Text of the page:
There is no doubt that the best Caribbean coffee hails from the mountainous regions of the Dominican Republic. Dominican coffee is rich, nutty, and sweetened with notes of tart berries and chocolate. While this coffee is quite unheard of, your taste buds might really miss out on a lot of flavors if you do not give this coffee a try at least once.
A small history of Dominican Coffee
Arabica coffee beans were bought into the land of the Dominican Republic in 1735, which was a bit earlier than Central America. Soon enough, the taste of coffee took its hold on the inhabitants of the country. Today, most of the locals here majorly drink coffee than any other beverage – only 20% of the entire produce gets exported.
Coffee from the Dominican Republic is known for its high acidity content as compared to the softer lower-grown coffees. The body is well-balanced, bold and full. The coffee beans exhibit classic Caribbean tasting characteristics.
Coffee growing areas in the Dominican Republic
There are seven distinct coffee growing areas that have been established by the country’s government. They are Sierra Central, Sierra Occidental, Sierra Sur, Neyba, Noroeste, Barahona, and Cibao. The country is known for having a wide variety of microclimatic differences throughout these regions, which results in coffee beans with different taste and aromatic notes. Before these areas, coffee was grown in designated regions like Bani, Azua, Ocoa, and Juncalito.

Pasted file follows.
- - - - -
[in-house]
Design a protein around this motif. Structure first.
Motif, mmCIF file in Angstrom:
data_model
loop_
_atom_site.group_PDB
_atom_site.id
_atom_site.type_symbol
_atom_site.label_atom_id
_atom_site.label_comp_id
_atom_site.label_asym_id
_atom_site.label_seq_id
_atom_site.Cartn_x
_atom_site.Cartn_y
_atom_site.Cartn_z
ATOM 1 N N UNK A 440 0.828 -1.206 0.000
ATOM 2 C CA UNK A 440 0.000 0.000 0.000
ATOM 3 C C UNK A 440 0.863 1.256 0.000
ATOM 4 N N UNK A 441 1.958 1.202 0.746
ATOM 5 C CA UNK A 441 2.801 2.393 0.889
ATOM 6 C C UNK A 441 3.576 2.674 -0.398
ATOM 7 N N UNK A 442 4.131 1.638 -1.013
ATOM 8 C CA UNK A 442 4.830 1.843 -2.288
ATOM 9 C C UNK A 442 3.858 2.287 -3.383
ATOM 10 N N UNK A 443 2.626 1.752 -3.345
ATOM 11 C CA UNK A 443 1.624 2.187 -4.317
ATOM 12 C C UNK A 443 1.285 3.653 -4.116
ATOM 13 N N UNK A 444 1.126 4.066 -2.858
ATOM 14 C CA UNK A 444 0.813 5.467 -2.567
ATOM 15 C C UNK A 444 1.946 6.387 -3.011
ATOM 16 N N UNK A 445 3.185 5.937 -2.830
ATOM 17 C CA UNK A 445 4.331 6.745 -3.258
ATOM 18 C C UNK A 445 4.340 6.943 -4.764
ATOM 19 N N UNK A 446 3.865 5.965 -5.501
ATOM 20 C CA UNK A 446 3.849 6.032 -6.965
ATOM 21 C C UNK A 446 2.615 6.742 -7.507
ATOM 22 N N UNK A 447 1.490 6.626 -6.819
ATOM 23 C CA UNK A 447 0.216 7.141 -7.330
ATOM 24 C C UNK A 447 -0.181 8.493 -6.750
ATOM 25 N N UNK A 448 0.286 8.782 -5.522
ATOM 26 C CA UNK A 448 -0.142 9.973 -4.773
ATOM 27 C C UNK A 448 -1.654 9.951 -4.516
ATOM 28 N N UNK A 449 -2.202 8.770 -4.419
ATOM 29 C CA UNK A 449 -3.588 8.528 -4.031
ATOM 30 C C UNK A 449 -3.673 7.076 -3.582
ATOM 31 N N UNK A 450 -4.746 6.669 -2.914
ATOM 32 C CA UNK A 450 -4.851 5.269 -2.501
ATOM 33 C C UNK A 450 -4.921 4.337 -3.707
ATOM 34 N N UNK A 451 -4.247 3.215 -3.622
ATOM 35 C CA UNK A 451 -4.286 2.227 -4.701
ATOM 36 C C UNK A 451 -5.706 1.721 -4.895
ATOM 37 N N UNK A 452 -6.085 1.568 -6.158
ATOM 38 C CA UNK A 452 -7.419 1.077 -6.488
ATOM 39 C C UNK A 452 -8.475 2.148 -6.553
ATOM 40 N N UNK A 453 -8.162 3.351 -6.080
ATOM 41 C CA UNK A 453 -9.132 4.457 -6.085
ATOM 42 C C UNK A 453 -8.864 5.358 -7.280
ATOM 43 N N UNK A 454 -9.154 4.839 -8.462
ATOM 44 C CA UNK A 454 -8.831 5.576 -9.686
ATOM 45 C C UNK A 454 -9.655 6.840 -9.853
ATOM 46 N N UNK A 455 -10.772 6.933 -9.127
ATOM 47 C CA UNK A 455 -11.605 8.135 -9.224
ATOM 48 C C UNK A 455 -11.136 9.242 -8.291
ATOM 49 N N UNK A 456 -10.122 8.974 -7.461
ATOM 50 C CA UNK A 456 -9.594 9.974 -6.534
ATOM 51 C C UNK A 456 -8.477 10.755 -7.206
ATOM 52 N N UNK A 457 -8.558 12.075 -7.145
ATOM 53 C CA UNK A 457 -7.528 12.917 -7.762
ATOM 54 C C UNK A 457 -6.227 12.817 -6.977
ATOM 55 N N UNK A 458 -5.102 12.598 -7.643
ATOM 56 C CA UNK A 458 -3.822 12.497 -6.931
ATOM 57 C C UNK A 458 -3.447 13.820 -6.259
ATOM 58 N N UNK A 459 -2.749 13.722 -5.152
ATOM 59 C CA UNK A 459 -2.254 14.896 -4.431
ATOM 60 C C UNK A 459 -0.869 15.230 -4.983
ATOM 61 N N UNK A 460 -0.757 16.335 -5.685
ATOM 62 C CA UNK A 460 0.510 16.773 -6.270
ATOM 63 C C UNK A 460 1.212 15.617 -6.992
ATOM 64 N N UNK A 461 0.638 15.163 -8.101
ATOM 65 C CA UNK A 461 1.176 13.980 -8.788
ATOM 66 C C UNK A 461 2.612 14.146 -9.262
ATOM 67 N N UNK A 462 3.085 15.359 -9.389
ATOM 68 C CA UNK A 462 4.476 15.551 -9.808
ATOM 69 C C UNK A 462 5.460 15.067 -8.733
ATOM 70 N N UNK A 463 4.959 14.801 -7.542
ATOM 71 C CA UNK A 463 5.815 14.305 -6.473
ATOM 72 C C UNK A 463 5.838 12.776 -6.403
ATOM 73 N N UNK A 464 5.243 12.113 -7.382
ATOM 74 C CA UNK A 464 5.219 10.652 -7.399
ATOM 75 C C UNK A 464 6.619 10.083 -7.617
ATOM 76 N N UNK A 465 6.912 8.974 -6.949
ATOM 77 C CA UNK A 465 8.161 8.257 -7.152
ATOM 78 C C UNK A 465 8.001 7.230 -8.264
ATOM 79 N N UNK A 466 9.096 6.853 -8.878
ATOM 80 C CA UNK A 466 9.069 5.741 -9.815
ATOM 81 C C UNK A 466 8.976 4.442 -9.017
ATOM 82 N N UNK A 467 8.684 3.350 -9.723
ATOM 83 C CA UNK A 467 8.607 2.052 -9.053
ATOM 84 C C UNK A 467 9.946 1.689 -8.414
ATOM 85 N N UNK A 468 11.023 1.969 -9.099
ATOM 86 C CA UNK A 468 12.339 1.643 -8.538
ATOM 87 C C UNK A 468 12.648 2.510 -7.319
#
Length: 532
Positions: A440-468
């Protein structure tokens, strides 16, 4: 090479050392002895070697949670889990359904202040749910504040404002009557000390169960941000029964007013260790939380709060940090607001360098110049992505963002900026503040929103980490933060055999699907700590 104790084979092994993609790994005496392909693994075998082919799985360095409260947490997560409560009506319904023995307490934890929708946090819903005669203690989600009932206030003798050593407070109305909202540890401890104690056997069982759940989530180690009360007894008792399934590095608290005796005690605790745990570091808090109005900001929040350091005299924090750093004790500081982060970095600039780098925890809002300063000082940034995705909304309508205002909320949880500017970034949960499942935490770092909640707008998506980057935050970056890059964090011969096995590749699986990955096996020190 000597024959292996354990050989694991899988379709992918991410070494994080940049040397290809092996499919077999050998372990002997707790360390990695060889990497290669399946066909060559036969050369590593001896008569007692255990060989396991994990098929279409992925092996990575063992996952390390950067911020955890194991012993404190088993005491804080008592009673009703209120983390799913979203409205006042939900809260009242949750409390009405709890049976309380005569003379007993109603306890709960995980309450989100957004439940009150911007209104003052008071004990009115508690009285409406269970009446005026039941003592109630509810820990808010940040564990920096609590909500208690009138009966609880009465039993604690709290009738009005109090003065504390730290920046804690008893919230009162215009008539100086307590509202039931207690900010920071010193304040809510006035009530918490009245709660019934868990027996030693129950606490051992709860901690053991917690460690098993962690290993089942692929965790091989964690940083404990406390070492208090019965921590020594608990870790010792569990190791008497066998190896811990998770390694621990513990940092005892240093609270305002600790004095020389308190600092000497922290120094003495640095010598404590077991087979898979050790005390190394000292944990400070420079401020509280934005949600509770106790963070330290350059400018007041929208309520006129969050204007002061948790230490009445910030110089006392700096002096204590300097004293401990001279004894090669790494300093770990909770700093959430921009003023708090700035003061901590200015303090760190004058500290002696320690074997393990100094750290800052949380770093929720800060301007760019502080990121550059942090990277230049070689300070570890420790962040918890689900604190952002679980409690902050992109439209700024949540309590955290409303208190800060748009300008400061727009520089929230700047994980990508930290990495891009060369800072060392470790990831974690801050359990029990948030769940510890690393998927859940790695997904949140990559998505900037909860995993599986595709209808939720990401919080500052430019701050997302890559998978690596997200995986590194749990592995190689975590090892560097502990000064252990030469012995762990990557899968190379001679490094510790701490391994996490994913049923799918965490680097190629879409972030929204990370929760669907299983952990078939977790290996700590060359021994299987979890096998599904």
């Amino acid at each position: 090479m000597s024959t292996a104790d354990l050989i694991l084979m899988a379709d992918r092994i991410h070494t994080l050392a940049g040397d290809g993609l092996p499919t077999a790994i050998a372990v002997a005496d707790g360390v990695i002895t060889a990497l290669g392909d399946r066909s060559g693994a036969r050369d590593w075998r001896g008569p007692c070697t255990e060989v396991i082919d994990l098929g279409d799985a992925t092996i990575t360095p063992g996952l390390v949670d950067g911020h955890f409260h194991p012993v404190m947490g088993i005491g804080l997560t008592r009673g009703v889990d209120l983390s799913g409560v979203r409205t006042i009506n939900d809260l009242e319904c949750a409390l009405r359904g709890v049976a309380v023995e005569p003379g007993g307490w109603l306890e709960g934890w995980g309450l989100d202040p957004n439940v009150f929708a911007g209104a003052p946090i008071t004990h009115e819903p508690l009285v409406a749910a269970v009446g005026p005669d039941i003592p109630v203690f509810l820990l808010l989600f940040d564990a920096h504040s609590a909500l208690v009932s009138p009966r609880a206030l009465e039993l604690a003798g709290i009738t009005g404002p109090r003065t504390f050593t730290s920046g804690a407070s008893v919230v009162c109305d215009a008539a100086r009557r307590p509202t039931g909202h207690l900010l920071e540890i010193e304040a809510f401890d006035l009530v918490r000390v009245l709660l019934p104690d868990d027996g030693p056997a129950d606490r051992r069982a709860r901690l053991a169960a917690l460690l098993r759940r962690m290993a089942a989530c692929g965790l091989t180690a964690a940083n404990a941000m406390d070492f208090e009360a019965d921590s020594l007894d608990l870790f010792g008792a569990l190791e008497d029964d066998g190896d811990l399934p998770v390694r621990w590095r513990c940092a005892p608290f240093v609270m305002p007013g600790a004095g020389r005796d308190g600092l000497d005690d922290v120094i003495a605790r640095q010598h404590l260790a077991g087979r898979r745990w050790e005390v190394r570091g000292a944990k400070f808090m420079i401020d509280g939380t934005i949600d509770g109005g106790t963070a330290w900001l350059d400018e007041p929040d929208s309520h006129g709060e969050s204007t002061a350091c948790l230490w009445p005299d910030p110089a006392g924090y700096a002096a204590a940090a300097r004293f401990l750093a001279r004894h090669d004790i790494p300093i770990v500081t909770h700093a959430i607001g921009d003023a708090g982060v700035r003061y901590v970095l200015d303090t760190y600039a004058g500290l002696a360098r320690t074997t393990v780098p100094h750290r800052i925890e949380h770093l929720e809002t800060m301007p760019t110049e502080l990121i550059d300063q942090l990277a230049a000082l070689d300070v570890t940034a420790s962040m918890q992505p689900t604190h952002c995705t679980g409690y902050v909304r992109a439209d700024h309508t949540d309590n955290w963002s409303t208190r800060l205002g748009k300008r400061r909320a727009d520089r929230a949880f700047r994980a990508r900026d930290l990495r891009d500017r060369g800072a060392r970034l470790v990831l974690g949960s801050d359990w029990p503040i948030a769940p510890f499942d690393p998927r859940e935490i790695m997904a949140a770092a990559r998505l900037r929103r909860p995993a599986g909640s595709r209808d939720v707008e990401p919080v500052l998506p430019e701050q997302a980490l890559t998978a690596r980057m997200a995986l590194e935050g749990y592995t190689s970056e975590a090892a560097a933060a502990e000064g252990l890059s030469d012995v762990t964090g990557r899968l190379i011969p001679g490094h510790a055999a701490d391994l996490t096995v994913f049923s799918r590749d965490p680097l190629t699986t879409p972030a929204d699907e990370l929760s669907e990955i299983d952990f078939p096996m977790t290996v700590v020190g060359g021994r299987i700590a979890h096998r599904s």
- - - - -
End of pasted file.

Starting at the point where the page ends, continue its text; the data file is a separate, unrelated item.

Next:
The coffee trade here is fairly regulated and the manufacturers deal with coffee brokers and importers from countries like Canada and the United States to get the coffee into the countries for sale.
Coffee growing and harvesting season
The Dominican Republic receives rainfall all year long, which is a climate unlike anywhere else in America. This condition is perfect for cultivating coffee. Additionally, the season is also extended by the arrival of gentle and warm ocean currents and tradewinds that allow the coffee cherry to ripen at a slow rate, which produces a high-quality coffee bean.
Since there is a variety of high-altitude coffee-growing area in the region, the Dominican coffee plants blossom and bloom at different times of the year. This is the reason why high-quality coffee is produced in the Dominican Republic all year long.
Harvesting of the coffee beans is done mostly from October to June. During this season, coffee cherries are harvested by farmers by hand and then dried in large batches. On average, a coffee farm in the Dominican Republic is about eight acres in size. Only organic methods are used to grow coffee crops, including the shade-grown method beneath native macadamia nut trees, guava trees, and pine trees.
Coffee varieties in the Dominican Republic
Over 90% of the coffee beans from the Dominican Republic is the Typica coffee plant. The rest 10% consists of beans of the Arabica varietal like Mundo Novo, Caturra, Catuai, and Bourbon. The Mundo Novo is a hybrid of the Caturra.
Overall, Dominican Republic definitely cultivates unique coffee plantations, thanks to its favorable climatic conditions and terrain. Only organic methods are used to grow coffee crops. The taste of the coffee is unlike something you ever tasted before!